Property Solicitors Suffolk – Ending of the current Rural Development Programme

BarkerG_ 6686 1

‘2013 has witnessed a steady increase in farmland values in East Anglia with demand still outstripping supply. But, as we approach 2014, a cloud of uncertainty hovers over the market with the ending of the current Rural Development Programme (RDP) on 31 December 2013 and no replacement programme in sight until at least 1 January 2015. Already, we are seeing a lack of clarity on the part of Natural England as to how the transitional arrangements for 2014 will actually work.

This uncertainty is particularly relevant to the transfer of environmental stewardship schemes. Many farms in this area have entered either or both of the Entry Level (ELS) and Higher Level (HLS) Schemes, receiving annual payments from Natural England in exchange for a range of environmental features and management. These schemes are typically for a five or ten year period. Land owners who have entered either scheme must give Natural England three months’ notice of a land transfer.

With the current RDP ending on 31 December 2013, Natural England issued a deadline of 11 November 2013 to notify the transfer of existing schemes. Now that that deadline has passed, it is unclear how such schemes will be transferred to a new landowner during the transitional period until 1 January 2015. Funding will continue in 2014 for existing agreements which continue beyond 2013 and for new agreements signed up in 2013 but until the EU Commission agree specific transitional measures, it is impossible for Natural England to give its scheme holders any clarity on the arrangements for transferring schemes in 2014.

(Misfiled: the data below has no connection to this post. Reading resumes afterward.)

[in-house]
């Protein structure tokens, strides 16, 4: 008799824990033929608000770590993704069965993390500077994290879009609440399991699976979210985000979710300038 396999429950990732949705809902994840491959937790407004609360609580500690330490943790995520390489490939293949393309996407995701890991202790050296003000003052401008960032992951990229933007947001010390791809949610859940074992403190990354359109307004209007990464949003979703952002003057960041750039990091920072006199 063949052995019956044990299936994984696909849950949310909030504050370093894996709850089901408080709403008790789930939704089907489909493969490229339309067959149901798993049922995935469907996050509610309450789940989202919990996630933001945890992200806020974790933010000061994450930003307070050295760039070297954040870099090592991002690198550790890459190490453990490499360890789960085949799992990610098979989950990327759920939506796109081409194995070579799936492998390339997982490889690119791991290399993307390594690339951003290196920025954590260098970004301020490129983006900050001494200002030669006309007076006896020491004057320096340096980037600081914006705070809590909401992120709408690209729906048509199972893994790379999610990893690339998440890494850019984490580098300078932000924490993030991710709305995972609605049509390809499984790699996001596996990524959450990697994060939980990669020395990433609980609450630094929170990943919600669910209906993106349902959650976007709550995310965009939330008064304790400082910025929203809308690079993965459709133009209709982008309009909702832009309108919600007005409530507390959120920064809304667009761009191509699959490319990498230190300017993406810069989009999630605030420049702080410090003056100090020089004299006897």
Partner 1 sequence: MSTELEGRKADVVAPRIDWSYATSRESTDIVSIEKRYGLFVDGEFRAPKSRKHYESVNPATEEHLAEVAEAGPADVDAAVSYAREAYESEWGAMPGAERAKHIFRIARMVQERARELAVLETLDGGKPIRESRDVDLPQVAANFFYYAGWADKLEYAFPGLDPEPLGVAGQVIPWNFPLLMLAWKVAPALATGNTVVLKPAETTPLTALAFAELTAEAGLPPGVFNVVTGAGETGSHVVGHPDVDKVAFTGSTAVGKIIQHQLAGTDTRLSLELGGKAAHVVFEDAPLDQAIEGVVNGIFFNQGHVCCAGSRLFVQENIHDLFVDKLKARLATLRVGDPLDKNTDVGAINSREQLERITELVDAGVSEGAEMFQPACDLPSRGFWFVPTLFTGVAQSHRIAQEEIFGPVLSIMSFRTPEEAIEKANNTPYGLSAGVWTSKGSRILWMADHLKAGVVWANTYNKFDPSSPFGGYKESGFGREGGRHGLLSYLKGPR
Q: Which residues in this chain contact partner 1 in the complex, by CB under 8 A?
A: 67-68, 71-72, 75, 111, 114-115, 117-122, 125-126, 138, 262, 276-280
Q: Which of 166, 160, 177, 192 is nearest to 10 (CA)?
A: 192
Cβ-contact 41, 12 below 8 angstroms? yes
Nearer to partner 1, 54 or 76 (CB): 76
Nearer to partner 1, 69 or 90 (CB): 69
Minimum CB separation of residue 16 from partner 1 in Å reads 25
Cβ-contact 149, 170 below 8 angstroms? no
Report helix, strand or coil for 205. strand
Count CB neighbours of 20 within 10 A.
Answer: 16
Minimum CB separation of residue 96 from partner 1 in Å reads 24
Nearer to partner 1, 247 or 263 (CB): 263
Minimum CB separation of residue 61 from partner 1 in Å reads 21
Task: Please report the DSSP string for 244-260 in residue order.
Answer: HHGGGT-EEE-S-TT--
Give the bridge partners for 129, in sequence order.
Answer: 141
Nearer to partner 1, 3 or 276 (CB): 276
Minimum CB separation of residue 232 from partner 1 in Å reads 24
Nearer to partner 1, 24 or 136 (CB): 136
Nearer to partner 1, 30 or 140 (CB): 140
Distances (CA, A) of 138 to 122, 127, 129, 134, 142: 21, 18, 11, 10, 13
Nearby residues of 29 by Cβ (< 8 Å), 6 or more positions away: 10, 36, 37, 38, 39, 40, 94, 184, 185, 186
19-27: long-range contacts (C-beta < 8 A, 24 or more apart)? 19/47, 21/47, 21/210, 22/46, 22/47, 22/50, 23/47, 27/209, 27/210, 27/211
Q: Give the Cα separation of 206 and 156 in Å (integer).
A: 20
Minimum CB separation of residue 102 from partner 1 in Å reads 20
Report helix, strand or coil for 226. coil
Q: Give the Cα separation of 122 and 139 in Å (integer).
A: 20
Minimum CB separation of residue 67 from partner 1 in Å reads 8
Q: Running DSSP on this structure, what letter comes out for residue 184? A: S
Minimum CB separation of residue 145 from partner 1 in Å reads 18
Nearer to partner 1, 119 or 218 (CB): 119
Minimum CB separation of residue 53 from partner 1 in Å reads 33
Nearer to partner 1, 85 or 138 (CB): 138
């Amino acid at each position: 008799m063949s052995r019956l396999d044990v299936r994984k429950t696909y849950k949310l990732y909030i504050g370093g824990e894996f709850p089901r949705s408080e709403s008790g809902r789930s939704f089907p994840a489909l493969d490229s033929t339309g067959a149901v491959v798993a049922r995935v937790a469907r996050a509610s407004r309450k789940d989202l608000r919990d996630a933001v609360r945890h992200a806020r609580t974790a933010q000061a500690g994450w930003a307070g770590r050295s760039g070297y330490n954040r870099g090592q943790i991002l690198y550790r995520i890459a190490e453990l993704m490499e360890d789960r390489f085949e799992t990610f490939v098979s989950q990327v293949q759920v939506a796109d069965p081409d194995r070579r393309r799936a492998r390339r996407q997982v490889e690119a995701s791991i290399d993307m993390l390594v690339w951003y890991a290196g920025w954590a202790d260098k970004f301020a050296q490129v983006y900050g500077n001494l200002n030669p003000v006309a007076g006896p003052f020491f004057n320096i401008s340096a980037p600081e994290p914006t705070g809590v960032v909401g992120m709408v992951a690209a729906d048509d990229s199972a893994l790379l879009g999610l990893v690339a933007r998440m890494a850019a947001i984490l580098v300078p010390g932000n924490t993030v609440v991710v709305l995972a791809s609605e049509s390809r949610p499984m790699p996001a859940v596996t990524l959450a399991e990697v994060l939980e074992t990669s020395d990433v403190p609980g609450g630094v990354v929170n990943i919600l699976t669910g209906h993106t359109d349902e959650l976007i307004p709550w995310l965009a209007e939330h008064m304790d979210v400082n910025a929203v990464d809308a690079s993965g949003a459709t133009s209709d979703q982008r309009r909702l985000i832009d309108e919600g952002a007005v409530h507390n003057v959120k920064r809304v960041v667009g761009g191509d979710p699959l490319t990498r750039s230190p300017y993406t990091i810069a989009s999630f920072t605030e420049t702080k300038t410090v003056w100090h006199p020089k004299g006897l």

The EU Commission has acknowledged that member states will not be able to introduce new RDP schemes until January 2015 and even then it will take several months for the details of the new RDP to be formulated to allow landowners to enter any new schemes. Natural England has indicated that it is planning to develop a successor to environmental stewardship in 2015 but any new schemes will need to be approved by the EU Commission and will not actually start until 1 January 2016. For the next two years, landowners whose schemes are due to finish will be in limbo until the transitional arrangements are finalised.

Around 11,000 ELS agreements are due to finish during 2015 so for those landowners there is likely to be a gap of several months before any new scheme can be put in place. The lack of clarity on the transitional arrangements needs to be addressed urgently to allow land transfers to take place during 2014 and 2015.’

Toby Pound is a property solicitor at Barker Gotelee, solicitors in Suffolk

Property Solicitors – click here for more information on our range of services